Johnny: You guys were invited to play down in Austin at the Heart of Texas Blues Challenge last year. How was that experience and what do you feel you learned as a band?

Chris: Yeah, we got the invite down there so Josh, myself, and another bass player went down due to Calvin not being able to make it, and we auditioned. They were impressed enough that we were invited to actually participate. We went back down in August and won the preliminary round which got us to the finals. While we were eventually beat out, it was a great experience. The finals were at Antone’s in Austin which has had some legendary players on stage over the years. That atmosphere, on that stage, you could feel the vibe and the history and we grew a lot from that.

Johnny: How far are you traveling to play shows at this point?

Chris: Right now we’re staying local until our album is finished. We will be getting ready to do a tour after that, which will take us out of state but until then it’s home.

Johnny: About how many shows are you playing a month these days?

Chris: We’re mainly hitting about four shows a month, really focusing on the album, and playing the standing brunch gig at The Grove.

Johnny: How have local crowds reacted to a band that doesn’t really fit the mold for this region?

Chris: Every time we hit the stage, I don’t care where it is, if they call us to play and you see this band and our show, I want you to have an experience. If you’re down, we’re going to hit a point in the set where we’re going to lift you up. But we’re not really there playing for the masses…we’re there for that individual and when you connect with lots of people on an individual level, something special happens.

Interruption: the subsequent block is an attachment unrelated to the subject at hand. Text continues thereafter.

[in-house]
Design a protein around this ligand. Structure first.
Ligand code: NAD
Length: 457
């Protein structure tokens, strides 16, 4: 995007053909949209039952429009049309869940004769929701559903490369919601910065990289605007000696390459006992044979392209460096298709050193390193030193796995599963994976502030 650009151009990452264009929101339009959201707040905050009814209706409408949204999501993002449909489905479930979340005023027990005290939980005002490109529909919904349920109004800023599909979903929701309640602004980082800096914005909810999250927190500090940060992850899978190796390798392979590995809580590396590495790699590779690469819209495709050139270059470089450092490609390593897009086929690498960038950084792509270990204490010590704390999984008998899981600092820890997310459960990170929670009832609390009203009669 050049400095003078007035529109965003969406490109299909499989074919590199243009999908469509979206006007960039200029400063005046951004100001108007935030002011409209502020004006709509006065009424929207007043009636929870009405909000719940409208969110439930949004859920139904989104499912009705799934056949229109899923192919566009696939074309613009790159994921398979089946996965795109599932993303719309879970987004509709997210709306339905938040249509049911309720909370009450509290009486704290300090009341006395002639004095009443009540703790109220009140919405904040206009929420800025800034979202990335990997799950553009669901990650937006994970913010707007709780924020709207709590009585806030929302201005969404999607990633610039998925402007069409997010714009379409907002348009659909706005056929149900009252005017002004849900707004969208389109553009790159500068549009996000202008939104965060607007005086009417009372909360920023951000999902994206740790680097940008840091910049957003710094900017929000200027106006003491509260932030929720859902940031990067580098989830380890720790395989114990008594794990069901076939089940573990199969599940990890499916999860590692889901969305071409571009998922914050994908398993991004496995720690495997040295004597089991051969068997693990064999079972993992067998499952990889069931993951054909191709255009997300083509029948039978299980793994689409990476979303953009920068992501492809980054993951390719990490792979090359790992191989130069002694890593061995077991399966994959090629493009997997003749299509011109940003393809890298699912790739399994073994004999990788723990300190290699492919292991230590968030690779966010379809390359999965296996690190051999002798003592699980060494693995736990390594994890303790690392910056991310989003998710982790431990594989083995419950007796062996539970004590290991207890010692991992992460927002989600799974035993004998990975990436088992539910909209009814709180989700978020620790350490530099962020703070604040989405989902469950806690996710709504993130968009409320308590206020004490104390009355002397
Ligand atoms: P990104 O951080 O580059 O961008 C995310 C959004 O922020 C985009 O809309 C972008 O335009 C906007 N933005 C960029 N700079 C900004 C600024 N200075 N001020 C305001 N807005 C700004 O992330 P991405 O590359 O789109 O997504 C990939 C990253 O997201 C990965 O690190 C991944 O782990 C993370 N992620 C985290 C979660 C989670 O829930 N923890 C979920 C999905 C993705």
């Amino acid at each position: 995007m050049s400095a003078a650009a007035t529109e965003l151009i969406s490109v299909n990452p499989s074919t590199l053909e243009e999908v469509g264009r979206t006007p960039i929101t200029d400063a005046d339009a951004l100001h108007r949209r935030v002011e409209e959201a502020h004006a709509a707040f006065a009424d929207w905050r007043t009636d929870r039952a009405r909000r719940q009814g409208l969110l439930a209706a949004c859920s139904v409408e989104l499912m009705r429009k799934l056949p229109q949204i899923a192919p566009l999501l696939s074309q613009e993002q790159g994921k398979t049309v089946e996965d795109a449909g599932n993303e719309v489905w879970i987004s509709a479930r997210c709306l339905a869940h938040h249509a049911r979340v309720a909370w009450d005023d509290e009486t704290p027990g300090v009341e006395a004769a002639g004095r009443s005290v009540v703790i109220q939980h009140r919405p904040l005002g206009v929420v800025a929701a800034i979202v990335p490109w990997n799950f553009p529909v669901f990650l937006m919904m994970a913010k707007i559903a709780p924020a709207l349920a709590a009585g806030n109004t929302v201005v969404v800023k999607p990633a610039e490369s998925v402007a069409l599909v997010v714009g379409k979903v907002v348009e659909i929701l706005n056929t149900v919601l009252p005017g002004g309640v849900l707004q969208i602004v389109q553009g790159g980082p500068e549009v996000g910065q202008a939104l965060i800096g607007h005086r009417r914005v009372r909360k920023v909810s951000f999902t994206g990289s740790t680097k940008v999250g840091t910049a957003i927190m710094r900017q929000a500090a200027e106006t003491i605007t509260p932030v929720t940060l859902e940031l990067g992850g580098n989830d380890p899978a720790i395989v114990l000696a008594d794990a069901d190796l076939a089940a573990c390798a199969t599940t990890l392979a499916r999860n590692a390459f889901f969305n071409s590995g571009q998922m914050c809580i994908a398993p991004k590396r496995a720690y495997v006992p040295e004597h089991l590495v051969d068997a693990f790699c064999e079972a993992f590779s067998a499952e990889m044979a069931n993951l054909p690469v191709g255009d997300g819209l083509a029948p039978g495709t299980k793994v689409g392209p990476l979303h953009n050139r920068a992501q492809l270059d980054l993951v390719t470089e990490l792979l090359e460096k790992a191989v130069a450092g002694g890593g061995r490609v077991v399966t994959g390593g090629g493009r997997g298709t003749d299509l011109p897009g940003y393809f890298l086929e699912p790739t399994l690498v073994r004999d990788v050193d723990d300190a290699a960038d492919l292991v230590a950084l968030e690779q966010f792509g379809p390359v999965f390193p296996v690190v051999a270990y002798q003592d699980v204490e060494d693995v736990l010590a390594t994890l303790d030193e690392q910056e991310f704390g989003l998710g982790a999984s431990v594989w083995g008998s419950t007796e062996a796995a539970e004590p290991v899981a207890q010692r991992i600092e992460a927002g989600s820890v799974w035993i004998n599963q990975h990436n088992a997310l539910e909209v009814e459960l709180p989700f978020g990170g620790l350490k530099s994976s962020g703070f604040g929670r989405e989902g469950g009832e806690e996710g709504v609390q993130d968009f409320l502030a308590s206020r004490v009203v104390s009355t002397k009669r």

Johnny: Are you working originals into your set list or is it primarily cover tunes?

Chris: It really depends on how we’re feeling that day. Some people who have heard our originals will ask for them but it really depends on the vibe. Sometimes we will throw some out and see what kind of reaction we get.

Johnny: How would you describe a typical Chris Oliver & Company show?

Chris: We try to get your attention, make you listen, make you have fun…we might take you to church, it just depends, but we always end with thank you and an appreciation for the audience.

Johnny: Any big plans on the horizon for the rest of the year?

Chris: Our main priority right now is finishing the album and putting together a tour to get the word out.

Johnny: So after two years of Chris Oliver & Company, what would you say has been your most memorable gig to this point?

Chris: That Antone’s gig for the Blues Challenge was easily most memorable. Everyone brought their “A” game and was on point. Again, that combined with the history of that place and the players that have graced that stage…it was unforgettable.

Johnny: Who would you say you’re listening to right now that gets you excited?

Chris: I’d say right now I’ve been listening to a lot of Donnie Hathaway vocally, but I’m just a fan of music in general.

You can catch Chris Oliver & Company at You can also catch Chris Oliver & Company most Sundays during brunch at The Grove in Tyler.